Little Niangua Nature Cabin

View of a lighted fireplace in the background and some feet in socks near by

The Cabin and Lovin’ the Outdoors

Uncle Bill sold the Madison County cabin on the Castor River to my Dad, so I grew up going to the cabin. Visits often included my Aunt Betty and Uncle Mac, their kids, Gram, my other uncles and their families. We always swam, fished and collected rocks.

As a 10 year old, I enjoyed playing there with my dog, Skip, He was a medium sized dog, a mixed breed of border collie and shepherd. We discovered dead ‘possums, brush pile residents, small streams, neat rocks, and other “treasures” in the eyes of a young boy.

After the Madison County cabin came into the family, Dad and I took Skip with us on several trips. He jumped through brand new woods, scaring up deer and racing squirrels to their nearest escape tree. The squirrels always won, but it was fun to see him try.

While I attended college in Cape Girardeau, several friends accompanied me to the cabin. We fished, drank beer, played music too loud, and swam in the Castor River. I shot my first deer there, my friend, Mike, shot his first deer there, and Dad shot his first, and only, deer there! On that memorable day, failing to find any quail, Dad had taken a smoke break next to my VW, parked on a gravel road. When he happened to glance down the road, he noticed a 10-point buck looking at him. Somehow, he retrieved the 7.5 mm Swiss military rifle out of the back seat of the car and dropped him with one shot through the spine, at 90 yards, with metal sights! I still have the antlers from that deer.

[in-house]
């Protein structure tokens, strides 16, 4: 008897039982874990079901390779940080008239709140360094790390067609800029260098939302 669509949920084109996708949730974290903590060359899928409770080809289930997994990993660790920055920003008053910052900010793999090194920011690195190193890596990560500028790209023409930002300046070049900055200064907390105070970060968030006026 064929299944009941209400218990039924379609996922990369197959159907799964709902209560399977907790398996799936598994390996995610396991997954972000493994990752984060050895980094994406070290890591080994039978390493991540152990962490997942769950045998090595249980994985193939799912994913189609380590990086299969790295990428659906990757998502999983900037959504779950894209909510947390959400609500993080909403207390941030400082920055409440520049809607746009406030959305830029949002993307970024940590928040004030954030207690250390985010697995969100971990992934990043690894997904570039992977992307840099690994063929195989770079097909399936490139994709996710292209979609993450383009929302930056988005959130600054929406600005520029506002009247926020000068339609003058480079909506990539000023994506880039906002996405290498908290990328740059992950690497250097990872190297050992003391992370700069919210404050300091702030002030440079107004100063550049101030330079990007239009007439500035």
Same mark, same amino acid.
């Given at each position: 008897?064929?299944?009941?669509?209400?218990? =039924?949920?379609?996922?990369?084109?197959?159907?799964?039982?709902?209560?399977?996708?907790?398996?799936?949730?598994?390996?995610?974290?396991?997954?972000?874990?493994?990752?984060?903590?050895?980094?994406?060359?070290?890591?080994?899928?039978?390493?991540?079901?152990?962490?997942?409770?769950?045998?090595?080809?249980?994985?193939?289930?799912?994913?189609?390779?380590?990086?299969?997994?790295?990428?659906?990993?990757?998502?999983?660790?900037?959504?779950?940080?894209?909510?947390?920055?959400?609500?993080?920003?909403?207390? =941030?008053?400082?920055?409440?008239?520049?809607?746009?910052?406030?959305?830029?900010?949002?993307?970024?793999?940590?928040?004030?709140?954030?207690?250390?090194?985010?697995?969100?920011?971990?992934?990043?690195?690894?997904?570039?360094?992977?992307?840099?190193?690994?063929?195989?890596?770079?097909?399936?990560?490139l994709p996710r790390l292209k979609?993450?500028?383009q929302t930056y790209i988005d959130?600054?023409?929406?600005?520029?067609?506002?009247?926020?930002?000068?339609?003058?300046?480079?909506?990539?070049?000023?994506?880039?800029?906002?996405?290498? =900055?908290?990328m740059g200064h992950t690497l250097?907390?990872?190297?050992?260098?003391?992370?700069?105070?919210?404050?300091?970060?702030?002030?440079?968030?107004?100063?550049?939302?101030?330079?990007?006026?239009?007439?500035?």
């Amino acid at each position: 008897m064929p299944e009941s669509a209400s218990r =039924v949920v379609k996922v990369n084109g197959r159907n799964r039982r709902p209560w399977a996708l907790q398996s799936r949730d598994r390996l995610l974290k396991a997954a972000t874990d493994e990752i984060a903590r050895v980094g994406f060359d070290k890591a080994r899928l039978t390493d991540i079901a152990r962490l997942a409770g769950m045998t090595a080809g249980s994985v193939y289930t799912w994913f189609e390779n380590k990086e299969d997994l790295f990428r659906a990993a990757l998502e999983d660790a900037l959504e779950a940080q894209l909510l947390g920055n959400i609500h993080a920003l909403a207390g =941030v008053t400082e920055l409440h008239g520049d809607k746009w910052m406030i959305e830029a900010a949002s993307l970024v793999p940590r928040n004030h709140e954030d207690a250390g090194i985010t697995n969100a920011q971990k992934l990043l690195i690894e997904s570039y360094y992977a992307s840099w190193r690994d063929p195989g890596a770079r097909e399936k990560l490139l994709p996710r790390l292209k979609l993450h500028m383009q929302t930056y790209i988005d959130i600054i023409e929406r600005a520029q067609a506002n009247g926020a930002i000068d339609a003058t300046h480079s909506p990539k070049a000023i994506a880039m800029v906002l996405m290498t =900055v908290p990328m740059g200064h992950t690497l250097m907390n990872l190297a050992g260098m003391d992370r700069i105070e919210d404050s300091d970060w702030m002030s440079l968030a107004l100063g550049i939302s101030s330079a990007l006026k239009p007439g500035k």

Several staff members from the college also accompanied me on trips to the cabin, mainly to have a relaxing and friendly weekend next to the river. I recall Lorna and Max Cordonnier, Paul Heye, and my friend, Rod, visiting one spring. We caught smallmouth and largemouth bass, lots of bluegill, and perch. Dad and I would squirrel hunt, always aware that the country squirrels were much more wary than city ones. One morning, as we prowled along one end of a cornfield, I noticed a short plant with very small seed pods. Pinching the seed pods introduced me to the fragrant odor of what turned out to be beefsteak or what some call pennyroyal. I cherish pinching the pods when I see them now and it always transports me back to a morning at the end of that cornfield. I share that scent with folks that I hike with now, whenever we encounter the plants.

All these experiences out of doors have given me a deep cache of poignant memories. Mom and Dad and many of those staff members and relatives are no longer with me. I’m so blessed that I took the opportunities to share time and special places with each of them, while we had that chance. I hope you share time with your friends and family in the out of doors, because those shared times will become special over time, especially when you can’t saunter through the woods with them anymore.

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